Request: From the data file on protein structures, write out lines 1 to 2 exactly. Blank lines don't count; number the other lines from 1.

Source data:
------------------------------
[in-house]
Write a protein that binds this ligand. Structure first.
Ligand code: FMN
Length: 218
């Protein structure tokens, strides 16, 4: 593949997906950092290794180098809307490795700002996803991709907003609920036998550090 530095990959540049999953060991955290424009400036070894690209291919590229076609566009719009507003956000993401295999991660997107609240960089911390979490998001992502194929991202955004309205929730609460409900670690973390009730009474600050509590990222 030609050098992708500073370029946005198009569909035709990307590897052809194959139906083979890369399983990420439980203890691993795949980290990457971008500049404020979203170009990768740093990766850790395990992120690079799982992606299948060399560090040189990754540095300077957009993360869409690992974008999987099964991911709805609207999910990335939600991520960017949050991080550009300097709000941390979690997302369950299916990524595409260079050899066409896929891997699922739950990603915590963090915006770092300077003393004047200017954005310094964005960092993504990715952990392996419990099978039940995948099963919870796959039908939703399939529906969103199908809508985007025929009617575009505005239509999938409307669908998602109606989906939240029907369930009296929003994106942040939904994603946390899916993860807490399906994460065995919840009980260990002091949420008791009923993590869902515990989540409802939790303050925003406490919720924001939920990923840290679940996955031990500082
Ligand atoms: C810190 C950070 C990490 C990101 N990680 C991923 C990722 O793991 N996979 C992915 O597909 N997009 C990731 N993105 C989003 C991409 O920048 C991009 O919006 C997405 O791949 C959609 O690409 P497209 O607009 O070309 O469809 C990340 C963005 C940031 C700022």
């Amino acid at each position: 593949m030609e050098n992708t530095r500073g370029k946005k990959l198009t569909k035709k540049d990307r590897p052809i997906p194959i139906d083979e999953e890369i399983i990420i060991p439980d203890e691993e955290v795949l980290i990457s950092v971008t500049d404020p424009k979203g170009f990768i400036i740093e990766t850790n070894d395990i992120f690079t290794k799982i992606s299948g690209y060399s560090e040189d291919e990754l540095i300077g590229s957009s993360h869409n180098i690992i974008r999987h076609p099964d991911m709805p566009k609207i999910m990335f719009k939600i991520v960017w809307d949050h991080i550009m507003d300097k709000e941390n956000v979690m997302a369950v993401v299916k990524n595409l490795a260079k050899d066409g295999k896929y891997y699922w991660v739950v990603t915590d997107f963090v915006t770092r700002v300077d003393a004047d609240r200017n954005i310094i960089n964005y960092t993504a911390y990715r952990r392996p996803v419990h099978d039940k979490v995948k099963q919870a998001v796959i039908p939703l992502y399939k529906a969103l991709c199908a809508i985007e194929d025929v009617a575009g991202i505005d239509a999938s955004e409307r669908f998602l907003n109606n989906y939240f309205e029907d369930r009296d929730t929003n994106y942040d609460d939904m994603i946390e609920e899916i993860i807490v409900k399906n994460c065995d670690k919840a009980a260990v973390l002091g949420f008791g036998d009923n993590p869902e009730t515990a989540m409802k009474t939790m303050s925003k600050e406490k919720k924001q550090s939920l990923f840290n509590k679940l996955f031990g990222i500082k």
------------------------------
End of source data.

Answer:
[in-house]
Write a protein that binds this ligand. Structure first.